From Babbling Babies to Ready Readers: Minnesota and Massachusetts Link Early Childhood and Closing the Literacy Gap
Under pressure to close achievement gaps, raise test scores, and increase graduation rates, state education officials are coming around to what early childhood development experts have known all along: the skills that lead to literacy and academic success are developed early.
Some states, including Massachusetts and Minnesota, are considering legislative and budget proposals that will intensify the focus on building reading skills starting at preschool, and aiming for reading proficiency by third grade. That, experts say, is the age by which if a child is not reading, they may have academic challenges that follow them throughout their school careers.
Given the abundance of research supporting the importance of the early childhood years in cognitive and language development, Minnesota Governor Mark Dayton's proposed 7-point education plan's emphasis on prekindergarten and kindergarten is welcome by early childhood advocates. A focus on building literacy skills among preschool-aged children is a great start, but to really close the achievement gap, policymakers and educators need to reach children from birth to age three and their families.
In Massachusetts, a legislative proposal championed by the advocacy group Strategies for Children takes early literacy one step further, creating a state Early Reading Council that promotes an age-appropriate focus on developing children's pre-reading and reading skills from birth. The council is tasked with developing state policy that will address the most crucial aspects of early literacy success: high quality and language-rich child care settings, effective professional development for child care providers, and parent engagement strategies that promote literacy-building habits in children's homes.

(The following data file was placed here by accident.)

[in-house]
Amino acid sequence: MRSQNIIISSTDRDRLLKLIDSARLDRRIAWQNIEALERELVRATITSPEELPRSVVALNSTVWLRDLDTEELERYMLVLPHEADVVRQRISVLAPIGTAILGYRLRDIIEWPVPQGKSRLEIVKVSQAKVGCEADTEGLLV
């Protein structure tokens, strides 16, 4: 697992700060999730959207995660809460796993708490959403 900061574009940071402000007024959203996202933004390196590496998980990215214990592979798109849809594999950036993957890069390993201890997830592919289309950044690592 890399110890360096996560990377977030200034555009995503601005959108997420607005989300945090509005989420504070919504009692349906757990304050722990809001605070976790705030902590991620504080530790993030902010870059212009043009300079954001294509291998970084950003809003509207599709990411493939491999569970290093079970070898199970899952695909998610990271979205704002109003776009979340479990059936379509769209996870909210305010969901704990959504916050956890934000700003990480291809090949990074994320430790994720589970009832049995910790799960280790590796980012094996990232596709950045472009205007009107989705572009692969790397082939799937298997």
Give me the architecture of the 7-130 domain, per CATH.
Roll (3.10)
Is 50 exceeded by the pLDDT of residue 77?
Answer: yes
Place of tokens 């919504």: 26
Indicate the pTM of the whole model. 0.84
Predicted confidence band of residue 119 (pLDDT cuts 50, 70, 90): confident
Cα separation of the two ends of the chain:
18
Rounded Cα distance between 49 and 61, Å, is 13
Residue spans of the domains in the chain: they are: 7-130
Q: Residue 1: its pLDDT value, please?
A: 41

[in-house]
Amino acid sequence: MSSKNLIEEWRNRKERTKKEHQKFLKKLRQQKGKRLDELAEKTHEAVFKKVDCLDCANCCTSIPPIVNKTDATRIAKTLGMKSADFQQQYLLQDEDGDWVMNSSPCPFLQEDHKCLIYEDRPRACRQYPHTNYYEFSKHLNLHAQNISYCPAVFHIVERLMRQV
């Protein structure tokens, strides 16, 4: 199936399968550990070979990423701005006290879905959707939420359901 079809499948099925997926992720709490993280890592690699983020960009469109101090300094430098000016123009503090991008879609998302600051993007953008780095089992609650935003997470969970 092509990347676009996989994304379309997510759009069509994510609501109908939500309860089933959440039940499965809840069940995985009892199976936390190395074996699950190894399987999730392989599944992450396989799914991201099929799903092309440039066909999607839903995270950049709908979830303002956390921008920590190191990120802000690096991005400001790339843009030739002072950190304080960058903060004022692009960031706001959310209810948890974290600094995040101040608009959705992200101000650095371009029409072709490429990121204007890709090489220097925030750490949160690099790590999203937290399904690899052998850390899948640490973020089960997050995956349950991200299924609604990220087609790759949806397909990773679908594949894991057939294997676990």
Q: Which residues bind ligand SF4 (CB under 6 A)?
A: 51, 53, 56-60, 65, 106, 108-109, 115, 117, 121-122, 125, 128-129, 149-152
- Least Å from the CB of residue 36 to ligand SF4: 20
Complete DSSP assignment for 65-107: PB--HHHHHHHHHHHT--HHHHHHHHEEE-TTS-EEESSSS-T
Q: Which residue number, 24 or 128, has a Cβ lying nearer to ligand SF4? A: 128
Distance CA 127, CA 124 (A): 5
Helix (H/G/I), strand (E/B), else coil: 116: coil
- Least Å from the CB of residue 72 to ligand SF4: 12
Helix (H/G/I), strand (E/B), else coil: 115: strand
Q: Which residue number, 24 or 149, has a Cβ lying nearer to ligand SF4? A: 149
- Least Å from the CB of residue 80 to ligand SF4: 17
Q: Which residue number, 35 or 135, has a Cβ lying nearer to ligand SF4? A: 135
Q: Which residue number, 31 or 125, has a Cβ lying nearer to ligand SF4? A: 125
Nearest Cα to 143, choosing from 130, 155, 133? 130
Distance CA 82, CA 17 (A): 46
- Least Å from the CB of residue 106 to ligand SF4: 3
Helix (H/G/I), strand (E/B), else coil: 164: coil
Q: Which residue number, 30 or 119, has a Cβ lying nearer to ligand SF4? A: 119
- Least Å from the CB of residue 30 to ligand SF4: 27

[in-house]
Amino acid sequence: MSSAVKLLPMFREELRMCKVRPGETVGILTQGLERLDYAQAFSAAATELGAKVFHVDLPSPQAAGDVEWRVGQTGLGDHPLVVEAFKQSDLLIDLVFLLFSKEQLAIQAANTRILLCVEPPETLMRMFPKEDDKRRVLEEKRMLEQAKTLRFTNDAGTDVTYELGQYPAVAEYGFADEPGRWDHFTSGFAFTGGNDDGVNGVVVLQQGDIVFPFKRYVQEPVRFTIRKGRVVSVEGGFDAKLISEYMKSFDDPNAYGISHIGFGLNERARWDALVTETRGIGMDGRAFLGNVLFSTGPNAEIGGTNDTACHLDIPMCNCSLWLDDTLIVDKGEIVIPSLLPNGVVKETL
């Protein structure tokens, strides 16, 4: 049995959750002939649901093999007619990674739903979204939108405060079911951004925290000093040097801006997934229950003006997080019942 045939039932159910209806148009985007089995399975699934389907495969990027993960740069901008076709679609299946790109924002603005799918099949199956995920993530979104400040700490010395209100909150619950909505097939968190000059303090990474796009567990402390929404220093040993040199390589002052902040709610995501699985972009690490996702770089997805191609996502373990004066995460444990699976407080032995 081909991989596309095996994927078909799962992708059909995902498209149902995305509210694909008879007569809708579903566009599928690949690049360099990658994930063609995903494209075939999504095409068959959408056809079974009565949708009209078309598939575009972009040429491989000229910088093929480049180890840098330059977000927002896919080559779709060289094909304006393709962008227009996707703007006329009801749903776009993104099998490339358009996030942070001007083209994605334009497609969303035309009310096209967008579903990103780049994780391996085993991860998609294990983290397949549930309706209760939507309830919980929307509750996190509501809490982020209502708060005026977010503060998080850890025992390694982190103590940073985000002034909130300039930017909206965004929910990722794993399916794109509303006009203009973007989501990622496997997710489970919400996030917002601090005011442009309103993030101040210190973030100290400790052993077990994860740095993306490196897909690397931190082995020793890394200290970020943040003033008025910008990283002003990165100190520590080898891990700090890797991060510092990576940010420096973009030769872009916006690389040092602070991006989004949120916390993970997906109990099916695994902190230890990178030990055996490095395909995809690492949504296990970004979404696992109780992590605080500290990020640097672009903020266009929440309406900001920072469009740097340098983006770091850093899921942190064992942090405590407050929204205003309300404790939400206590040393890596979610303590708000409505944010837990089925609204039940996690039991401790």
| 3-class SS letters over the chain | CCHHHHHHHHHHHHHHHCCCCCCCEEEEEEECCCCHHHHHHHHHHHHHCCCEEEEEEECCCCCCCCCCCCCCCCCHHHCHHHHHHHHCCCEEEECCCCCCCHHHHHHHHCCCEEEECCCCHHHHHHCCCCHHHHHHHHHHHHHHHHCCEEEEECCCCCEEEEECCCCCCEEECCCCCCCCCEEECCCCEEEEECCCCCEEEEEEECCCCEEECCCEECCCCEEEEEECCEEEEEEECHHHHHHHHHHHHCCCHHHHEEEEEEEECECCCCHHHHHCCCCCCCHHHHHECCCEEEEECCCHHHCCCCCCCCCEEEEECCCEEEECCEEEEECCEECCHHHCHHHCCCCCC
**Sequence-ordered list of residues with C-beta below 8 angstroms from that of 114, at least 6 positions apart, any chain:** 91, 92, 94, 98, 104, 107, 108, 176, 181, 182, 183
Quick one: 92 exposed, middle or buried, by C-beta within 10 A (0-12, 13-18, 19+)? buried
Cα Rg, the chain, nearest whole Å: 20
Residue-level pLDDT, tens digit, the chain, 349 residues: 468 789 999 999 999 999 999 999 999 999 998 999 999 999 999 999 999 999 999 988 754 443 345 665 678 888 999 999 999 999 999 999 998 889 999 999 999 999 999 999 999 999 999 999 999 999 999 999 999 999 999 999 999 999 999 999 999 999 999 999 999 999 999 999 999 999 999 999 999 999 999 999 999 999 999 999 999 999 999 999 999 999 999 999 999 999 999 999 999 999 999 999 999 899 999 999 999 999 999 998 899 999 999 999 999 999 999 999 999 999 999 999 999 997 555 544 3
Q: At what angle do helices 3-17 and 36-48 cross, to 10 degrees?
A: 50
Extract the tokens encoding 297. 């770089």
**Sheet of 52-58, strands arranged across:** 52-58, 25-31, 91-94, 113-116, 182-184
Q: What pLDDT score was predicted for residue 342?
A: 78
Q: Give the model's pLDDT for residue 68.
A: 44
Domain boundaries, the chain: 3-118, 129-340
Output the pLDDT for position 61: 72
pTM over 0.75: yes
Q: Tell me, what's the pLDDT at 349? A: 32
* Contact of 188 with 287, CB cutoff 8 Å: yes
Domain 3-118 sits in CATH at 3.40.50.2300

Importantly, the Massachusetts proposal specifies that any child assessments used by programs to inform their work with children be developmentally appropriate. This attention to age appropriate practice is critical in maintaining high quality child care settings for infants and toddlers and ensuring that meeting the full continuum of their developmental needs remains the top priority. Babies learn language and pre-literacy skills by acting like babies: babbling with the adults who care for them, handling and chewing on age-appropriate books, and listening to stories.
Policymakers also must address the diverse cultural needs of babies and their families in any proposals around early literacy development. Research shows that supporting a young child's home language development furthers the development of both their home language and English language skills. Effectively engaging parents of diverse cultural backgrounds will also be critical to successfully preparing young readers.
From the first reading aloud of Good Night Moon to the first standardized test in the third grade classroom, children are immersed in language, letters, and other elements of literacy. To focus education policy on making the most of the earliest years doesn't just make sense for states, it makes sense for kids.